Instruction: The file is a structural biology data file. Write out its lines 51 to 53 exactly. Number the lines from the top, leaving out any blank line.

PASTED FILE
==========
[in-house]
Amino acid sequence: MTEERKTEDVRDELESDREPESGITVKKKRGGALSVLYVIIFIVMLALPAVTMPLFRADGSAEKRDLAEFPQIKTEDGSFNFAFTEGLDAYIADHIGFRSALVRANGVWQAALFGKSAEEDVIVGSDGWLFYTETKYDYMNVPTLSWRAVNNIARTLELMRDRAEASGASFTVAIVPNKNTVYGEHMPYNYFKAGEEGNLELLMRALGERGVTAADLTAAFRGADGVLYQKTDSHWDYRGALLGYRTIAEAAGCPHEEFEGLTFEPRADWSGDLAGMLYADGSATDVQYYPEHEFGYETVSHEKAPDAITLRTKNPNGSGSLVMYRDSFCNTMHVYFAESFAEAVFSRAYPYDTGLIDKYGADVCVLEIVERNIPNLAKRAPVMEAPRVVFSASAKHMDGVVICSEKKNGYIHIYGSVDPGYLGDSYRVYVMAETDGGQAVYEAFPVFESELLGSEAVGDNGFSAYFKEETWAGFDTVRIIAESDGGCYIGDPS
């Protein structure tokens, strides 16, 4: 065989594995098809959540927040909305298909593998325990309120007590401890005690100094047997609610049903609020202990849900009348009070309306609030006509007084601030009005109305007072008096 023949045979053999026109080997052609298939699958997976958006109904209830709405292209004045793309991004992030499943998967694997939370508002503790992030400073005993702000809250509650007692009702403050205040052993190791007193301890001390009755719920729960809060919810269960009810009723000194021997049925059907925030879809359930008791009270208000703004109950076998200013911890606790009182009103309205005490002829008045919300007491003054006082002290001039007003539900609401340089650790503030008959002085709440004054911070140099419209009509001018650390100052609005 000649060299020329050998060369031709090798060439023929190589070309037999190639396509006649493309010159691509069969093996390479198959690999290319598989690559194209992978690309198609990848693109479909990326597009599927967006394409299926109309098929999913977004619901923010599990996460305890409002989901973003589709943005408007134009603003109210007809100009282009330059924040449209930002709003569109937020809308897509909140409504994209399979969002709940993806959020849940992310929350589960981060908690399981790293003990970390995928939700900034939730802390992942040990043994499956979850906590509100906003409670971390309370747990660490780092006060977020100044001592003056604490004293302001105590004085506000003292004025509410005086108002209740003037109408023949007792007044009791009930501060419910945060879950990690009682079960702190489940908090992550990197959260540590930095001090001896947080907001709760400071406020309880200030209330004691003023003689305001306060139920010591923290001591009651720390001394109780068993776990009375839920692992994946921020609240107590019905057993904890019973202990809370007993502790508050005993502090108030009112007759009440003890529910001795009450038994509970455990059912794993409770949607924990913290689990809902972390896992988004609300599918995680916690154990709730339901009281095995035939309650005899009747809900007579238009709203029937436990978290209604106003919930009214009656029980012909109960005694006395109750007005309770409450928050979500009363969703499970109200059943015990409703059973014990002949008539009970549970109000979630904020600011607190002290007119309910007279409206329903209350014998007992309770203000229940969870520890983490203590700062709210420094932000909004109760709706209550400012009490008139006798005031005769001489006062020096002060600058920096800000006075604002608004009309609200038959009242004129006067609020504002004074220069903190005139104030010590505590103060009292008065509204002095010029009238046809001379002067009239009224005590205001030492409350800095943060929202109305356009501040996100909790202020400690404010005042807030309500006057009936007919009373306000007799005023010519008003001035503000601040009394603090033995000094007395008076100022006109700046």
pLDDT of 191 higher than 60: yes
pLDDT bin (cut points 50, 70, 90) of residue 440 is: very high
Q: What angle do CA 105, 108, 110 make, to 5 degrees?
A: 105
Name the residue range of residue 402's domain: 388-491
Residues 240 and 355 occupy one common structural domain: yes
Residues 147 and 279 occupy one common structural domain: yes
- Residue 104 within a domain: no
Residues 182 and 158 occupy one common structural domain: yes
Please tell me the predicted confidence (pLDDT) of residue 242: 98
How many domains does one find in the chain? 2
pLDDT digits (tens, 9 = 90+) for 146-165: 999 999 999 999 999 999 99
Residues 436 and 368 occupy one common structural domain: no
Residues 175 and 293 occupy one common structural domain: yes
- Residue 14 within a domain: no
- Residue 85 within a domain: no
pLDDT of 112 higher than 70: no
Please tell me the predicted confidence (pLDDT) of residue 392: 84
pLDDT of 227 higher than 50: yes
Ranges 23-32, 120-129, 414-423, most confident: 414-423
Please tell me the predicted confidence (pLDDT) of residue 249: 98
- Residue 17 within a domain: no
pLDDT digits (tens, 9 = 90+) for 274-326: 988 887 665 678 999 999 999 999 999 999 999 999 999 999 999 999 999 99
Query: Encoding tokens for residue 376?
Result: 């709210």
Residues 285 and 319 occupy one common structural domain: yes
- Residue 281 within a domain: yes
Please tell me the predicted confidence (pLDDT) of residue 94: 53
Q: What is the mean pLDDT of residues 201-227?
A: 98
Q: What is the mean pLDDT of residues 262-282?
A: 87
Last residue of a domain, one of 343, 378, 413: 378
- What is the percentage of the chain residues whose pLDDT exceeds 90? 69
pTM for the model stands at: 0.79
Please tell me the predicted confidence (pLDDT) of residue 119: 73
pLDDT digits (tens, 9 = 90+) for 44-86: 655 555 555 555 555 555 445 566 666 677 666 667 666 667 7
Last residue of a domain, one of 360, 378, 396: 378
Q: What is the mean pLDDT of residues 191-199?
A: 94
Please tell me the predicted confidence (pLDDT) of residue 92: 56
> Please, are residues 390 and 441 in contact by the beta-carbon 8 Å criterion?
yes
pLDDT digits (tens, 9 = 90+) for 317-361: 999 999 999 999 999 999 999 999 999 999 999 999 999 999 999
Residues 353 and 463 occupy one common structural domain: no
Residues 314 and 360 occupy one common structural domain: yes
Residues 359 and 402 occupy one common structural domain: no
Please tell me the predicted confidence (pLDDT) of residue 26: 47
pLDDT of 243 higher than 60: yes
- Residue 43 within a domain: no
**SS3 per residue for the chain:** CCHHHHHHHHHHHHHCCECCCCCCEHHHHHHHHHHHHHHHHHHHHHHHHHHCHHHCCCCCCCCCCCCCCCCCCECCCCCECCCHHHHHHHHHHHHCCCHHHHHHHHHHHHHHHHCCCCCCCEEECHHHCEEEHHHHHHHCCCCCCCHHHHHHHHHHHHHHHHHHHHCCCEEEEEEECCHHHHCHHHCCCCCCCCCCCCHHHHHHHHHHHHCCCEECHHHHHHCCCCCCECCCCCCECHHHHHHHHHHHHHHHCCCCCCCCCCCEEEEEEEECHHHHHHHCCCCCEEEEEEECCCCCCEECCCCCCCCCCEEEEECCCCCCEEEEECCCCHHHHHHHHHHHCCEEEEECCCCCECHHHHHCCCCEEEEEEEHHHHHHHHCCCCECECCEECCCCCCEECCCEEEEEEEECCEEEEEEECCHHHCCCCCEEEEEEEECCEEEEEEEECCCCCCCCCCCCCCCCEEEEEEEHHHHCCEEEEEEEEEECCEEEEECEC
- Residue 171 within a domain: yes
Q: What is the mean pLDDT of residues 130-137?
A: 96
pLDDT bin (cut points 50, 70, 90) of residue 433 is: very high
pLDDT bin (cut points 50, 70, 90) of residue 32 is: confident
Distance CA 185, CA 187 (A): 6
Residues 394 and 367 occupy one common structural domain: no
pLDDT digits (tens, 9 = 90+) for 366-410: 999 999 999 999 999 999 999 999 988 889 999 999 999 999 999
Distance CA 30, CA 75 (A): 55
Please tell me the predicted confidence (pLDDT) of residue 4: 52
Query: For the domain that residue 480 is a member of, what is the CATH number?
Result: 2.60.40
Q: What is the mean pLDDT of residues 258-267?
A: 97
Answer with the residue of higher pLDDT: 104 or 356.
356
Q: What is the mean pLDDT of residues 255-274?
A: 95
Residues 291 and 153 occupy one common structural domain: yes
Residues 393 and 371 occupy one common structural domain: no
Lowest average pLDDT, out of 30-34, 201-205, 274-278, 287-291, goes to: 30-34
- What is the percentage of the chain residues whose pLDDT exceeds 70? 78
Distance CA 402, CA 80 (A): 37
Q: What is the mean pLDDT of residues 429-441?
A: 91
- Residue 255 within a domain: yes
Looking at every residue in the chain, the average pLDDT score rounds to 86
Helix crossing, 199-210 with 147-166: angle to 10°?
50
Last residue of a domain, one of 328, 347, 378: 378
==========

Please tell me the predicted confidence (pLDDT) of residue 26: 47
pLDDT of 243 higher than 60: yes
- Residue 43 within a domain: no